- This wonder of Nature, given this title, actually bears a potentially deceptive name. That’s due to the presence of a certain amount of controversy surrounding its exact age. Some, but not all, geologists consider it one of the oldest rivers on earth.
- Regardless of its status in that regard, however, this amazing work of geological forces still stands out from many similar features in the region. The body of water has long served as an important corridor for the spreading of flora and fauna through the region.
- Several portions of its length now hold man-made dams, for hydroelectricity generation. Some of the surrounding ridges, however, also serve as home to uncommon plants. Thankfully, great care has therefore been taken to preserve these native species.
- Local Native American tribes new of its presence for centuries prior to the arrival of European settlers, of course. The first recorded sighting of it by outsiders occurred in 1671. At that time, members of a fur trading expedition found and explored parts of it.
- Today, local residents greatly enjoy and appreciate its natural beauty. This further takes many forms. These frequently include such activities as kayaking and rafting. Numerous large, open ledges also dot its length, allowing for the creation of fabulous viewing sites.
- The origins of the name New River itself remain undetermined with complete certainty. One theory purports that it derives from a word in the language of the local tribes that means new waters. Several other theories, however, propose other origins.
New River Physical Description
While it’s certainly not the longest river in the world, the New River nevertheless boasts a length that’s quite respectable. Although it takes a somewhat winding course, the overall length of this flow of water measures out to approximately 360 mi (580 km).
It also stands out for another reason. The direction of its flow further distinguishes it from the many other rivers in its part of the world. That’s because it’s believed to be the only major river in the country in which it appears to primarily flow in a northward direction.
Along its wending course, the New River also cuts its way through numerous gorges. Some of these have an impressive depth, with the local walls rising as much as 1,500 ft (457.2 m) above the surface of the water. It also boast numerous areas of powerful rapids.
Its depth varies, in some cases extremely. Along most of its course, the depth varies, reaching as much as 100 ft (30.5 m). In a few sections, this dwindles to no more than a few inches! In areas other than around the rapids, the river typically has a slow, gentle flow.
New River Location, Formation, and Ecology
The controversially-named New River formed in a region of the world well known for its scenic beauty. This region consists of a long-settled portion of North America. More precisely, the natural marvel formed in the southeast portion of the United States.
There, this remarkable flow of water further finds its presence restricted to just 3 states. These fortunate states consist of North Carolina, Virginia, and West Virginia. Coincidentally, the meandering path it takes flows through far corners of all three of these states.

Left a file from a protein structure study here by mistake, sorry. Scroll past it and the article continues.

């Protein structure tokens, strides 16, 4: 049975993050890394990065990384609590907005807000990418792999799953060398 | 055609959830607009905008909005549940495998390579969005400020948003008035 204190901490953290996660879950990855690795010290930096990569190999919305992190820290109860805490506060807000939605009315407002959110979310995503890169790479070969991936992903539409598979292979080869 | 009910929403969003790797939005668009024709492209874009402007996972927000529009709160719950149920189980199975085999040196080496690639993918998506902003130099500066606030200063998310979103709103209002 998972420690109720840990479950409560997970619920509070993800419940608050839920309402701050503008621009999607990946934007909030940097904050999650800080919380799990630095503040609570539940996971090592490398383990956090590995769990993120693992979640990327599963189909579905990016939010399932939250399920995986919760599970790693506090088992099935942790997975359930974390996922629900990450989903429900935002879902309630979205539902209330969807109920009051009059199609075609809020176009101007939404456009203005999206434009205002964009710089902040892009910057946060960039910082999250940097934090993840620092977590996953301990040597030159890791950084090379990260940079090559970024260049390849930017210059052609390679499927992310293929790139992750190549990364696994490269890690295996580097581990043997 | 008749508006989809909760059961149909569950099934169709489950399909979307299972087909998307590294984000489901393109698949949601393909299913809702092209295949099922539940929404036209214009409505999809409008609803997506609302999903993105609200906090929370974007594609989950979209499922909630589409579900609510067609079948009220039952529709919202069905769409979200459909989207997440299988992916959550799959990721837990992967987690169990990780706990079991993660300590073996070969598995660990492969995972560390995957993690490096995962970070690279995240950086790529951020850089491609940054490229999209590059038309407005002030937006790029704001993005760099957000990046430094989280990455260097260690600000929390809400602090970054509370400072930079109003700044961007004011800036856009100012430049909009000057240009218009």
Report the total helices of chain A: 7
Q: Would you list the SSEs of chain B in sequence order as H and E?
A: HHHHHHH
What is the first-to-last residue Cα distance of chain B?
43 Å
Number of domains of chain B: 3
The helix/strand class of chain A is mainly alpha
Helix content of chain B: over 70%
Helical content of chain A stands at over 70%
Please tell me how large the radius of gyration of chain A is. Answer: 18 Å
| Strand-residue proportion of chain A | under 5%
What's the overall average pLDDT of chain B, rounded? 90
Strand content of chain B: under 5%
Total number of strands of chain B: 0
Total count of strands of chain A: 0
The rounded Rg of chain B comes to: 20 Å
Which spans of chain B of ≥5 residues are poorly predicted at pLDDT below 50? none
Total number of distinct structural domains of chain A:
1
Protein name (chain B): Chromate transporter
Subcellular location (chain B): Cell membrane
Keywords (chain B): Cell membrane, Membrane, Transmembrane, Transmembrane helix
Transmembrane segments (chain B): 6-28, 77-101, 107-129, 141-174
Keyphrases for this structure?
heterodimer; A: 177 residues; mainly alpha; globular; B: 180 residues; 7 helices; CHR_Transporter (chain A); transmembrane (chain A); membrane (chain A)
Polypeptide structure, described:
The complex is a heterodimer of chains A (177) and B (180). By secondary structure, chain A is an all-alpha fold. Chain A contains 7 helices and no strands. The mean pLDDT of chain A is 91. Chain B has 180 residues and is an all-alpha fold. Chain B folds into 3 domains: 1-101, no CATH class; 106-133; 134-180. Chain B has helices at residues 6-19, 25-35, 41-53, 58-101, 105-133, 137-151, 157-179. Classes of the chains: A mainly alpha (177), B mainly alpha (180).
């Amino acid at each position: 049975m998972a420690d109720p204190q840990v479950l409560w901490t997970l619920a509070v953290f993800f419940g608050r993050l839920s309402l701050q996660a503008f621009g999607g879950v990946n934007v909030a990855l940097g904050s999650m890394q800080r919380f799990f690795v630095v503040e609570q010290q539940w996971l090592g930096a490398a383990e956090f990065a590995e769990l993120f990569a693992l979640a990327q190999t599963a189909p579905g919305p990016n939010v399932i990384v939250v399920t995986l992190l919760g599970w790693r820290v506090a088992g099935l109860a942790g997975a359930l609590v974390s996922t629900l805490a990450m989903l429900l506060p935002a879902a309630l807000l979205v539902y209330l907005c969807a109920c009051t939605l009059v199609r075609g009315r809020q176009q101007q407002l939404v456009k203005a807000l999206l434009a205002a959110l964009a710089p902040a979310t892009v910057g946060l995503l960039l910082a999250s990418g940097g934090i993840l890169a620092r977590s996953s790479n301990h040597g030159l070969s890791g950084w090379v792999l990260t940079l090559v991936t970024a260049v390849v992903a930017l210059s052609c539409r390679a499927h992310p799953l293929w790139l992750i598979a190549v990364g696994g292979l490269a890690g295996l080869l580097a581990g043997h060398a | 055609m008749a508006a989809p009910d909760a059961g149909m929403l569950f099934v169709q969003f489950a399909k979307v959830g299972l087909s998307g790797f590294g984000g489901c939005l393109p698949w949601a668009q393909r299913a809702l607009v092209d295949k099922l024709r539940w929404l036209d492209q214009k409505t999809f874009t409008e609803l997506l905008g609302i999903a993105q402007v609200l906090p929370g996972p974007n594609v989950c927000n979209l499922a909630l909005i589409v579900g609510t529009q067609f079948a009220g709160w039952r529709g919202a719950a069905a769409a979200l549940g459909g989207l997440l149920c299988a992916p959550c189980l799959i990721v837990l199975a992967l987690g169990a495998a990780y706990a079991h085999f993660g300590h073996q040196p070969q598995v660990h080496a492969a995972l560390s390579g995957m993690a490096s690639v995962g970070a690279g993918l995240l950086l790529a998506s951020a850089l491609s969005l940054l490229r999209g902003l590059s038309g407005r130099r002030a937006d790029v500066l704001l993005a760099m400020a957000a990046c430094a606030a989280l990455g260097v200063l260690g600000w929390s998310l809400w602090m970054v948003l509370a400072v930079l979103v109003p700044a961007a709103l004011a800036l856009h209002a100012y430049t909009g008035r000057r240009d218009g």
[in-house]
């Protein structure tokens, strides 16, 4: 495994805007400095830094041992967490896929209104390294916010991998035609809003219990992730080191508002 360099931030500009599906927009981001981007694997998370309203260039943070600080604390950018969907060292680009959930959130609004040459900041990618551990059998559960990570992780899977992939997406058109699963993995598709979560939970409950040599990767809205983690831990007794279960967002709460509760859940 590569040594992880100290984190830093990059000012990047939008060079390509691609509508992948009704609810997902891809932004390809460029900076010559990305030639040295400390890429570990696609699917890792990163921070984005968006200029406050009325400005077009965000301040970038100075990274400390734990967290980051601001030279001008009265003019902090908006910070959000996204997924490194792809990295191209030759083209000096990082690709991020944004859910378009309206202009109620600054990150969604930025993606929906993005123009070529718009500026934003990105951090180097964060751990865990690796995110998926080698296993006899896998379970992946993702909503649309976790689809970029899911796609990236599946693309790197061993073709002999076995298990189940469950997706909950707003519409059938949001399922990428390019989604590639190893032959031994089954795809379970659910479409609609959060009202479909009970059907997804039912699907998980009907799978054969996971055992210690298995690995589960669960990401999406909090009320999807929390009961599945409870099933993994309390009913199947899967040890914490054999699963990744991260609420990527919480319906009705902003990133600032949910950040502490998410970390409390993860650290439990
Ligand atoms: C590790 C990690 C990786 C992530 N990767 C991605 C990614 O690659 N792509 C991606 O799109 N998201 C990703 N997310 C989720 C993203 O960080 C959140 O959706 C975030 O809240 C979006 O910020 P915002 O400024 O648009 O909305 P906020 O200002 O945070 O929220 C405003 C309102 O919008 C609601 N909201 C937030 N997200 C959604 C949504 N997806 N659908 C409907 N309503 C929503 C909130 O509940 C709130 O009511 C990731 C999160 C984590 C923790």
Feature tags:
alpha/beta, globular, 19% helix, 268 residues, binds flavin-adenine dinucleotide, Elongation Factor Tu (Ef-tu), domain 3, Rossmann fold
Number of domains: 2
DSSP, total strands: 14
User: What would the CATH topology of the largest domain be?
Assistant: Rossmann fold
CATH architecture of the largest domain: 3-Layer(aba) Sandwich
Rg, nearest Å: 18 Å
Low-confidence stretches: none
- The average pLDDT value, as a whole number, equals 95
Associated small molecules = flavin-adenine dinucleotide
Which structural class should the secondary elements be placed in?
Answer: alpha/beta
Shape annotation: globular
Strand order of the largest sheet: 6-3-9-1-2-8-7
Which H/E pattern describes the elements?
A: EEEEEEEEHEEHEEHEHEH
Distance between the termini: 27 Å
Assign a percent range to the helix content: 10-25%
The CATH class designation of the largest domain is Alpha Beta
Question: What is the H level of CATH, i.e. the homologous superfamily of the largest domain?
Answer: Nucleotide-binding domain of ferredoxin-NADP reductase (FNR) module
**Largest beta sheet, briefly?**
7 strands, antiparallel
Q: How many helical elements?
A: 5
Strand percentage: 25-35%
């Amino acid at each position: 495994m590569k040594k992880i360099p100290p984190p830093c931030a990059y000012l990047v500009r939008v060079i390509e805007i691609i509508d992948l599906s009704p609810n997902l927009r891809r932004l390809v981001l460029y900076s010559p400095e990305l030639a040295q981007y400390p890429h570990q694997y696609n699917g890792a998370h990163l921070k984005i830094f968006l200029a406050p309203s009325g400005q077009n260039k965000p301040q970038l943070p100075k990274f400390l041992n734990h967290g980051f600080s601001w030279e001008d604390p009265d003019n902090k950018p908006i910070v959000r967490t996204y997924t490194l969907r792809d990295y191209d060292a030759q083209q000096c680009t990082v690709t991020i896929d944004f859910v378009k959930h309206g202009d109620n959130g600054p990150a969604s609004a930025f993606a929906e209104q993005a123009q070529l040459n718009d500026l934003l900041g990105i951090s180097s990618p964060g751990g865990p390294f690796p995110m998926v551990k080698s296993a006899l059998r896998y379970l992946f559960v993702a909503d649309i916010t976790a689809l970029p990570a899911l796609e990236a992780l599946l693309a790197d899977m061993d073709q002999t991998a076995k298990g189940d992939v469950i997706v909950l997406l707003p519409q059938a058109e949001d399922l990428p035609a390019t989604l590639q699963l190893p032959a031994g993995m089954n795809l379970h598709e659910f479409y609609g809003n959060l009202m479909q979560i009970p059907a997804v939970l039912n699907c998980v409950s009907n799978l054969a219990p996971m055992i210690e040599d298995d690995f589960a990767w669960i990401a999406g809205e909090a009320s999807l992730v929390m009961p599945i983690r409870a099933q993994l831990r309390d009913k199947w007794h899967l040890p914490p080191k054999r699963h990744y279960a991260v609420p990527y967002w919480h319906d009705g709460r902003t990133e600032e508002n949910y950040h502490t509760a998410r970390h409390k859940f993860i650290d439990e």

This wonder originates in a portion of the Blue Ridge Mountains in northwestern North Carolina, themselves part of the Appalachian Mountains. The spot from which it flows, the headwaters, in fact, lies only a short distance from the popular resort town of Boone.
Varying estimates place its time of origin to between 10 and 360 million years ago. During this time, the ancient Appalachian Mountains continued their slow yet inexorable push upward. This gradually altered the direction of its flow, and shortened its length.
The amazing New River also flows through the heart of the largest block of relatively unfragmented, mid-latitude forest still remaining in the world. This serves as home to countless plant varieties, including dozens of different species of trees, largely hardwoods.
Even more impressively, its banks provide a home to a relatively large abundance of flora, both in numbers of species, and sheer volume. This includes many uncommon forms of cedars, pines, and sedges. Some of these, in fact, appear nowhere else on earth.
Equally impressive, however, is the fact that fauna abounds in the region, partly thanks to its presence. Many evolved as endemic, while others migrate along its banks. At least 65 species of mammals live in the region, along with nearly 40 species of reptiles.
The waters of the New River also boast at least seven varieties of fish, with an abundant population. Some of these also appear nowhere else on earth. Many types of insects and birds, migratory and otherwise, appear in the region, including the majestic Bald Eagle.
3 Geological Masterpieces of Virginia
We hope that each of you enjoyed reading, and hopefully learning from, this article we’ve written about these 3 Geological Masterpieces of Virginia. It’s also our hope that doing so has left you with either a new or renewed appreciation for such wonders of Nature.
Unfortunately, however, many such features around the world now find themselves facing strong threats to their continued existence as in their natural state. Many of those dangers, in fact, stem from the actions of mankind. We must do all we can to protect and preserve them.